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Rutland Hollow Cemetery one of several Black River man helps to restore

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BLACK RIVER — Look closely, and you will see pennies and quarters cemented into several of the foundations of grave markers at Rutland Hollow Cemetery.

The mementos are badges of honor for the deceased who rest here off Middleton Road among the rolling hills near the intersection with Rutland Hollow Road. But another honor could be reserved for the person who placed those coins.

“The stones I put up, I always give them a penny,” said Michael J. Hinckley, 76.

He has deposited 84 pennies. But five restored foundations have earned quarters, with the face of George Washington facing up. Those coins are reserved for Revolutionary War veterans. There are five buried in the cemetery, Mr. Hinckley said.

To find evidence of them was no easy task. Mr. Hinckley, Black River, began renovating the Rutland Hollow Cemetery about five years ago after a series of false starts by community service groups in the area.

The cemetery in the town of Rutland contains the graves of the Andrews, Clarks, Crosses, Eddys, Graves, Middletons, Misers, Scotts and Wilsons — some of the town’s first settlers. Many of the town’s roads are named after those families. The earliest burial was in 1802 and the latest was in 1901, Mr. Hinckley said.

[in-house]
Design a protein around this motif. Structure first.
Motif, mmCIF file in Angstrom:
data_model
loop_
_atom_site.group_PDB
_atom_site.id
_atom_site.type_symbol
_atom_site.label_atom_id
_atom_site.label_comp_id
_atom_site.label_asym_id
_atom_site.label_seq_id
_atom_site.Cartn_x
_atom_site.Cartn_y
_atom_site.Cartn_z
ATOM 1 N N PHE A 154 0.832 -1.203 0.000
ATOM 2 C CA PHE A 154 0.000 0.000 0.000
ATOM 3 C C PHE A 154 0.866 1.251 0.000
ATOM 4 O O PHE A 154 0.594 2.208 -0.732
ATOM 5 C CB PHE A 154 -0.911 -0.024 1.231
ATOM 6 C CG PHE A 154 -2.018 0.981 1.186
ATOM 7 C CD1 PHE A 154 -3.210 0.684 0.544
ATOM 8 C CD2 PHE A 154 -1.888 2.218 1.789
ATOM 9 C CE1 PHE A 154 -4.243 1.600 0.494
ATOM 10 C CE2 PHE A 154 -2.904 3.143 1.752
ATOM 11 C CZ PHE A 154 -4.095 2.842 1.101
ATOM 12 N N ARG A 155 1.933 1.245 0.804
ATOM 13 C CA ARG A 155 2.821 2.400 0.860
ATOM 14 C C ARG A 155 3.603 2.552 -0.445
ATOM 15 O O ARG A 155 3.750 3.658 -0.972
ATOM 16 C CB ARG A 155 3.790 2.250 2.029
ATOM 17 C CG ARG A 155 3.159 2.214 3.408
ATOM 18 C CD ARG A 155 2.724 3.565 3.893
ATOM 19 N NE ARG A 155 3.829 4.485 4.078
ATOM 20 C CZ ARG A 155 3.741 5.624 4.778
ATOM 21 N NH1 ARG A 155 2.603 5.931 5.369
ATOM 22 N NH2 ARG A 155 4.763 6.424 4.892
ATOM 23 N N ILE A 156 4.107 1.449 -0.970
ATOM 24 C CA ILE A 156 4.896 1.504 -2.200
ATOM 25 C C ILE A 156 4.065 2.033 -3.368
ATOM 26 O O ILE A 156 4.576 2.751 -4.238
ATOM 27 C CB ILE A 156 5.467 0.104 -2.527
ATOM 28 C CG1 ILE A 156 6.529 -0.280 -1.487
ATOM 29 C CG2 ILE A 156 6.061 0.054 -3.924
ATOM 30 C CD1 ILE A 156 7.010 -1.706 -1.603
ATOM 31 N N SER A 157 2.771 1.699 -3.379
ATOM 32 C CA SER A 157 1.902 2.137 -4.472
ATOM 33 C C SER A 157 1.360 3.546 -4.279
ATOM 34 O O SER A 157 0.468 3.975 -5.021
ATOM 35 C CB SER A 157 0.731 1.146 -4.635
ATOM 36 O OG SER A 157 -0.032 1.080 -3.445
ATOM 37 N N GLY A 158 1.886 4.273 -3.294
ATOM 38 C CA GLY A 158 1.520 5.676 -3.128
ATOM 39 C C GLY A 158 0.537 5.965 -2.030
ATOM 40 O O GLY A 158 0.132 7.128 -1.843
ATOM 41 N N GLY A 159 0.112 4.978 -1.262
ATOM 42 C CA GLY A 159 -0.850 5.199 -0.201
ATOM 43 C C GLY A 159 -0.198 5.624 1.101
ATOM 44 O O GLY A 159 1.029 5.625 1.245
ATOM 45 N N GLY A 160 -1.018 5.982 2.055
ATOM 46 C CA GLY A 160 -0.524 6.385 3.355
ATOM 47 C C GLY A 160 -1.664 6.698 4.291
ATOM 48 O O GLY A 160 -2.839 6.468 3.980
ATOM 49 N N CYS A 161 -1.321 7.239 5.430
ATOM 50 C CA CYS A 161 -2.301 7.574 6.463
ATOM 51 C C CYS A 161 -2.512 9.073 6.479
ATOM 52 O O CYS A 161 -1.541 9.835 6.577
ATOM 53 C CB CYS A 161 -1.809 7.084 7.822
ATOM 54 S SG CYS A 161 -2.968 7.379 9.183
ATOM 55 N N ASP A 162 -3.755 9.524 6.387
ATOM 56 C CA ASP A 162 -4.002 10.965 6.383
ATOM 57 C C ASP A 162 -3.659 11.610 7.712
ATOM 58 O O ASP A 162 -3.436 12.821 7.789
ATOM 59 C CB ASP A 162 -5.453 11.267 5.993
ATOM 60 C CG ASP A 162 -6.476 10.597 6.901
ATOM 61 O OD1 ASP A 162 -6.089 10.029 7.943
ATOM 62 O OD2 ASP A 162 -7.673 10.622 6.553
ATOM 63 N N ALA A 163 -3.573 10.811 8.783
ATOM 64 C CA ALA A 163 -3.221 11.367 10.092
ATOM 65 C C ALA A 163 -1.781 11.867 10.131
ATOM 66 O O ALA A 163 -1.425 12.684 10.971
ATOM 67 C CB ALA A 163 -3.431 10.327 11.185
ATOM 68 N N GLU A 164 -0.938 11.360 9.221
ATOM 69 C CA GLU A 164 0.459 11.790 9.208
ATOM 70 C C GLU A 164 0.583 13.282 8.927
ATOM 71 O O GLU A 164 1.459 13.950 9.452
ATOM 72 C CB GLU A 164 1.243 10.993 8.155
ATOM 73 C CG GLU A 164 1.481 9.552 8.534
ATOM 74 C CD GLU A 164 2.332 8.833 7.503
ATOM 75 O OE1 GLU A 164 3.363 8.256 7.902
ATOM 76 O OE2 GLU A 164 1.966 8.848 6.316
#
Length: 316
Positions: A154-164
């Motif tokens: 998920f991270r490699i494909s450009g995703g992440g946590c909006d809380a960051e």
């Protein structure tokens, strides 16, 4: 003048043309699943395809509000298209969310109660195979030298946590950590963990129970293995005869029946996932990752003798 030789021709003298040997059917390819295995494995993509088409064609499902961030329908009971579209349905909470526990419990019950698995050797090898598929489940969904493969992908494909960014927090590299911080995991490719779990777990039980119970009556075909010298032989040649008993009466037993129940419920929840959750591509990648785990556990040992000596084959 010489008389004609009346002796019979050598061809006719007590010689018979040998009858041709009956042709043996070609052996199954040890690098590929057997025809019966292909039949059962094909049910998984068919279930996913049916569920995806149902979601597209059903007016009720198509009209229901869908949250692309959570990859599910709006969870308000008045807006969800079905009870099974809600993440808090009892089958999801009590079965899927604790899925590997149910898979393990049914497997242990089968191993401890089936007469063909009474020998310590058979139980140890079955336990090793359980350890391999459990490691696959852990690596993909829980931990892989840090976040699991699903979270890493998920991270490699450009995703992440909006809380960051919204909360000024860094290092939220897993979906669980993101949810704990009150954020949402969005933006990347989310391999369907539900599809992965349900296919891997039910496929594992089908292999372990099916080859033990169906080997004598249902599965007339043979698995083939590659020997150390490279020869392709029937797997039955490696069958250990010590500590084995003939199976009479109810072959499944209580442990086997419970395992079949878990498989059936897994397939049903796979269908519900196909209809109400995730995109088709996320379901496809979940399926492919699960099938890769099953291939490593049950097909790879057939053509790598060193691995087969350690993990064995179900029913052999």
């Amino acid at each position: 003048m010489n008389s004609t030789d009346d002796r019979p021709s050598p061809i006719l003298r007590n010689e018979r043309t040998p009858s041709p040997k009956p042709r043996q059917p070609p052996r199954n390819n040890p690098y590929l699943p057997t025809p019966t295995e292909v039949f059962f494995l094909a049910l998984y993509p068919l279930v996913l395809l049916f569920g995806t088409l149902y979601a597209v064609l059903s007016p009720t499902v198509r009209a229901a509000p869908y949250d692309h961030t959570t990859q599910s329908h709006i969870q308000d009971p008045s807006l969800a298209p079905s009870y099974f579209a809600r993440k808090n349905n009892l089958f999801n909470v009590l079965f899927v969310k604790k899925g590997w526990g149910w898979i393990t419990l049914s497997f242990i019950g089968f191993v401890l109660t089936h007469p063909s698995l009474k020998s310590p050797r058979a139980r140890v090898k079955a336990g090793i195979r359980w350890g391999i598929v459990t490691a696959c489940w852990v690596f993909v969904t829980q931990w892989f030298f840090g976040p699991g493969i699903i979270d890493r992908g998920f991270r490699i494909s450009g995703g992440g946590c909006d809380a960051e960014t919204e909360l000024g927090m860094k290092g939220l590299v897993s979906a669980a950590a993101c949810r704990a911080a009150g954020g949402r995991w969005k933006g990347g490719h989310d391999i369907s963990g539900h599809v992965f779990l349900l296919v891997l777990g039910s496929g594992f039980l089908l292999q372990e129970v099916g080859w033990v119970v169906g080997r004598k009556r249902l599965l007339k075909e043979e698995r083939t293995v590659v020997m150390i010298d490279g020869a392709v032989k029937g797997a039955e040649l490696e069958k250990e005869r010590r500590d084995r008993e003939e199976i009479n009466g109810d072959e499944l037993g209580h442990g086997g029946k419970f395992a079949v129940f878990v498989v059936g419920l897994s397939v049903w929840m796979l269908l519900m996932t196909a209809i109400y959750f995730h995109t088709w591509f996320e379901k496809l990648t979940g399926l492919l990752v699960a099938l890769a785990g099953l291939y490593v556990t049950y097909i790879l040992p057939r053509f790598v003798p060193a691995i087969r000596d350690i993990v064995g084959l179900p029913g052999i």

When Mr. Hinckley first arrived at the cemetery, its entrance was blocked by brambles, branches, trash and even TVs and a toilet. Once he cleared a path to the actual gravesites, which are uphill from the entrance off Middleton Road, he faced a tangle of stubborn weeds such as buckthorn. The calling cards of the shrubs are still evident — small stumps dotting the cemetery seem determined to trip up visitors.

Mr. Hinckley worked inches at a time, often on his hands and knees, to take back the cemetery, where toppled stones were discovered.

“It was a jungle,” he said.

But the cemetery was no match for Mr. Hinckley, who brought lots of experience to such tasks. He’s been working on cemeteries since he retired as a corrections officer in 2000. Before that, he worked for 25 years at the Crowley milk plant in LaFargeville.

“I came over here because I had run out of cemeteries,” Mr. Hinckley said. “I’m only a mile and a half away. I can buzz up here, get my cemetery fix and go back home.”